GF Sourdough Saga

My awesome housemate Belinda took on the challenge of making sourdough from scratch. It was damn tasty – but not without a few goopy explosions and pan scrubbing. Over to Beebs…

I love (regular, wheat) sourdough bread, but I love Steve more, so there’s none in our house. I do miss it though. So, while I had some time off work this year, I set myself the challenge of learning how to bake gluten free sourdough bread. I found a promising post online by Gluten-Free Girl. By the time I’d scrolled down a few times it became apparent that there wasn’t going to be a recipe at the bottom of the page. I would have to buy her book, American Classics Reinvented, to unlock the secrets. I’m a lazy researcher and she sounded like she knew what she was talking about, so I did.

If I’d seen the recipe first, I might not have…

First I had to source nine flours in order to make two of the three different GF flour mixes required for the bread. I went organic where possible. I spent about $130 but I had to deviate a little because I just couldn’t find some of the flours she can get her hands on in The States. This is going to be an expensive loaf of bread…

I won’t give the recipe away because I believe GF girl when she says she invested a lot of time experimenting to come up with it. She deserves a return on her investment. Before making the bread, I have to create a sourdough starter – a mix of flours full of bubbly natural yeasts.

Day 1
Use teff flour and water to get the sourdough starter going. Teff flour is used in Ethiopia to make injera an amazing, slightly fermented pancake-like bread that’s eaten with curries.

Day 2
Discard 3/4 of the starter! Mix the remainder with more teff flour and water.

At almost $20 a kg, I follow GF Girl’s suggestion and use the discarded teff mixture. I try to make injera. The first injera pancake sticks to the frying pan like no pancake I’ve ever cooked before. Like industrial glue. Like concrete on the bottom – and yet, still goopy in the middle. Even if I could pry it off the frying pan it is not going to be good eating. It takes about half an hour to clean the pan. injera will not be the answer to the surplus starter issues. I pour the batter into a bottle anyway because I’m not always a realist but I am an optimist, and I think I’ll do something else with it later. Turns out I was somewhat correct.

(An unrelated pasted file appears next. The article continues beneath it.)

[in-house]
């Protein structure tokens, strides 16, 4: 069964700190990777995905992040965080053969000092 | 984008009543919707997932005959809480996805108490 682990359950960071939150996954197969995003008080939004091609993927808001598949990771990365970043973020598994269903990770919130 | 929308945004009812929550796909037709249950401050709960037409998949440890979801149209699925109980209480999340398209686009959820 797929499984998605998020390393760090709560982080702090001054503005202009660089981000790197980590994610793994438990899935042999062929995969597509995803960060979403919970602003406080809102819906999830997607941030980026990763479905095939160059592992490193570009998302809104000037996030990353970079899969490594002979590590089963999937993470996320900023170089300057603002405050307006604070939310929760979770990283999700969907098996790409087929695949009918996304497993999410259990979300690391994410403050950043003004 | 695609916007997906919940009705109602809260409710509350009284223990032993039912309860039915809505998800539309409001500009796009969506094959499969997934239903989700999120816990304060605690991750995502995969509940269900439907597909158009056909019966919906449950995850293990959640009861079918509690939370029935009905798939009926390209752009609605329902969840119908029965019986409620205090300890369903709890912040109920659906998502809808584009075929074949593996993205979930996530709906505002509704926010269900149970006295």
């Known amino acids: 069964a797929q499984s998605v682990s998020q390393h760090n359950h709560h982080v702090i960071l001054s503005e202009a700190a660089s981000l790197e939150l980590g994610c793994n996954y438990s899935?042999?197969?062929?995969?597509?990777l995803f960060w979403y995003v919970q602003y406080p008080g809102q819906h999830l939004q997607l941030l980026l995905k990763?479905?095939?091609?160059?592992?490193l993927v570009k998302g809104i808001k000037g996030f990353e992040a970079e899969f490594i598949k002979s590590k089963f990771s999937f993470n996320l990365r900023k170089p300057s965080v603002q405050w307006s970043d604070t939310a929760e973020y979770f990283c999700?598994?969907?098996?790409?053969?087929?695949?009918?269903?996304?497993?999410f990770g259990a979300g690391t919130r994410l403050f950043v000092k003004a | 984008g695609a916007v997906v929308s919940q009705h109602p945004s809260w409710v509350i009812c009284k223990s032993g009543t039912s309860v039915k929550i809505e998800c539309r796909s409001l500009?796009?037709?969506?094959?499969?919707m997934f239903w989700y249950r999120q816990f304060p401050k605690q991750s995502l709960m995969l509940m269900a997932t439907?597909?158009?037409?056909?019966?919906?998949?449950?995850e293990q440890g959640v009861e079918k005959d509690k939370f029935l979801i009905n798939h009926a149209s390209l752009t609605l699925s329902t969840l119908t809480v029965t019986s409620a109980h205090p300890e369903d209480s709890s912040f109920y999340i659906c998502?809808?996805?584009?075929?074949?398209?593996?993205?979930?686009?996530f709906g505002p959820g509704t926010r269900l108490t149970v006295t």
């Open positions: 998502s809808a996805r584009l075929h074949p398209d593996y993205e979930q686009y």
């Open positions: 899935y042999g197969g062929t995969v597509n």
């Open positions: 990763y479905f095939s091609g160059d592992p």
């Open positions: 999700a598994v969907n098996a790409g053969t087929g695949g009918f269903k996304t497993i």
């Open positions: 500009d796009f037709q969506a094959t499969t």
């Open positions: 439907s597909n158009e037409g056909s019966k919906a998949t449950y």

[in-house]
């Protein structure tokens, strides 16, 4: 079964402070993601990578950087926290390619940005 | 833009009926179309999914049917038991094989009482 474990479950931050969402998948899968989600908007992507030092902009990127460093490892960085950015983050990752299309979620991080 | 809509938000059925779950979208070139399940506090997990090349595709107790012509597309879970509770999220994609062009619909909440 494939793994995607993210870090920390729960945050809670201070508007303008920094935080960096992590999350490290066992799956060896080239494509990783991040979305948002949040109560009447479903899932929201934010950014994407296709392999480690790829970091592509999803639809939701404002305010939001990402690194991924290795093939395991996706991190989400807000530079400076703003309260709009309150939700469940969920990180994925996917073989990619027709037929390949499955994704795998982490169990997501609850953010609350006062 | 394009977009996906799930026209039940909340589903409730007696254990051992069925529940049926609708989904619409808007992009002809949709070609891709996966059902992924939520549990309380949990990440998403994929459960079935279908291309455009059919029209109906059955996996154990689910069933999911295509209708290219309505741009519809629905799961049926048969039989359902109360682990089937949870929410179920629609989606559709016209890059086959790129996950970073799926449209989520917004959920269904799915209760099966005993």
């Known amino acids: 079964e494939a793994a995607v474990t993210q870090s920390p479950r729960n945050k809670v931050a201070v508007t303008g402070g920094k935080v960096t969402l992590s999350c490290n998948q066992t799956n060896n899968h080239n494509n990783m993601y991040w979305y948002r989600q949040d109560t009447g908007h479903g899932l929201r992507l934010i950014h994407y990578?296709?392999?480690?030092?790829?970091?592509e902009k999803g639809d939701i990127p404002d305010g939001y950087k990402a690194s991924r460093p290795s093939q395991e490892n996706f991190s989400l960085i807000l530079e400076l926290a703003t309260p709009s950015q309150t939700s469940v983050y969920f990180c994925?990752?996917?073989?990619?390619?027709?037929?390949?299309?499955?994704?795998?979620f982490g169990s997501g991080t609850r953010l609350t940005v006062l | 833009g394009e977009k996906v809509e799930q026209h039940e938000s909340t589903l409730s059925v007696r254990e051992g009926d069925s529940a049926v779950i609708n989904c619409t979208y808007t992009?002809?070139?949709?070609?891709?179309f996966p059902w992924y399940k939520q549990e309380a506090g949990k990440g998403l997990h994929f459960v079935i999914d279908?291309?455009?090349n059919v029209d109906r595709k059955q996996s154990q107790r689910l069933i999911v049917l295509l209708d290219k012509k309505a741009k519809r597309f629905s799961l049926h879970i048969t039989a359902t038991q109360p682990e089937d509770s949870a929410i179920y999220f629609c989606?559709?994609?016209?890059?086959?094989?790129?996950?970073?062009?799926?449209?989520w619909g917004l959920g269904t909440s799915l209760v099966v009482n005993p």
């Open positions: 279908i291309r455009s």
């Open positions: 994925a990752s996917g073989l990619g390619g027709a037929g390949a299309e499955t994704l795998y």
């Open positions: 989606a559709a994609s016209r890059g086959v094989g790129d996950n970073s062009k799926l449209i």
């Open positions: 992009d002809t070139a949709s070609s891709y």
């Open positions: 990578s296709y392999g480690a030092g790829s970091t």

Day 3
Discard ¾ of the starter. Mix teff flour, water and some of the bespoke flour with the remainder. This time I just stick the discarded goop into a lunch box and then in the fridge because I hate to waste food but I don’t know what to do with it right now.

sourdough3

Meanwhile, that other goop – the stuff I put in a bottle. It’s alive! It blows its lid off and overflows in the fridge. This is surely a good sign. It’s this kind of natural yeast activity that a good sourdough starter needs. Despite the mess, I’m feeling optimistic. This sourdough caper just might work! I clean the fridge and leave the still quite full bottle by the sink. Because I hate waste and I’m a bit shit at housework. And still somehow think I’ll do something with it later.

Later on Day 3 I come home to this.

 

Clean-up takes a bit over an hour and requires a ladder.

Day 4
Remove ¾ of the mix and then add some of one of the GF flours and water. Discarded goop goes into the fridge.

Day 5
Apparently now my starter is ready. It’s doubled in size and is full of bubbles. Just as my fridge is full of discarded goop. I turn to the GF Sourdough recipe. Now I have to discard all but 100g of the starter and add more of the other flours. Discarded goop goes into the fridge. This is killing me. I’ve discarded at least $20 worth of flour so far I reckon… Maybe if I was into baking muffins I could use the discarded goop in muffin batter…

Later that day I mix the morning dough with some more ingredients and let it sit.

Day 6
Baking day!!
I’m looking at the dough. It looks good. I poke it. It’s doughy. But there’s not a lot there. These are going to be buns, not loaves. Maybe it should have risen more?

I follow the instructions, which include heat, lids on, lids off and ice.

The verdict.
The bread is good! It tastes like a hearty sourdough. It’s not light and fluffy but it’s crusty on the outside and soft(ish) on the inside. In taste and texture it’s very similar to the Yallingup Woodfired Bakery sourdough loaf- although maybe referencing a gluten bread isn’t going to work with this audience… (can confirm awesomeness – Steve)

Matt said “This is the best gluten free bread I’ve ever eaten”.

Was it worth the effort? Well, yes, definitely. Collateral damage clean-ups aside, it’s a fairly low effort process. I didn’t actually spend a lot of time on it, despite it being a 6-day journey. None of that tiresome kneading that goes on with gluteny bread.

Was it worth the waste? No! There must be another way! I’ll try again with a starter with smaller quantities so I’m not discarding so much expensive flour… Was it worth the cost? Well, I think, including the cost of the discarded starter, these two tiny loaves cost about $15 each to make. I guess the cost could be reduced if I went for non-organic flours.

Would I bake it again? Yep. I like sourdough.

Could the recipe be better? I would have appreciated more support along the way- descriptions of the consistency of the starter, for example, so I knew I was on the right track. And surely some advice on how to keep the sourdough starter going so I don’t have to go through all of that again from the beginning next time I want to bake! I’ll try contacting GF Girl with this query.

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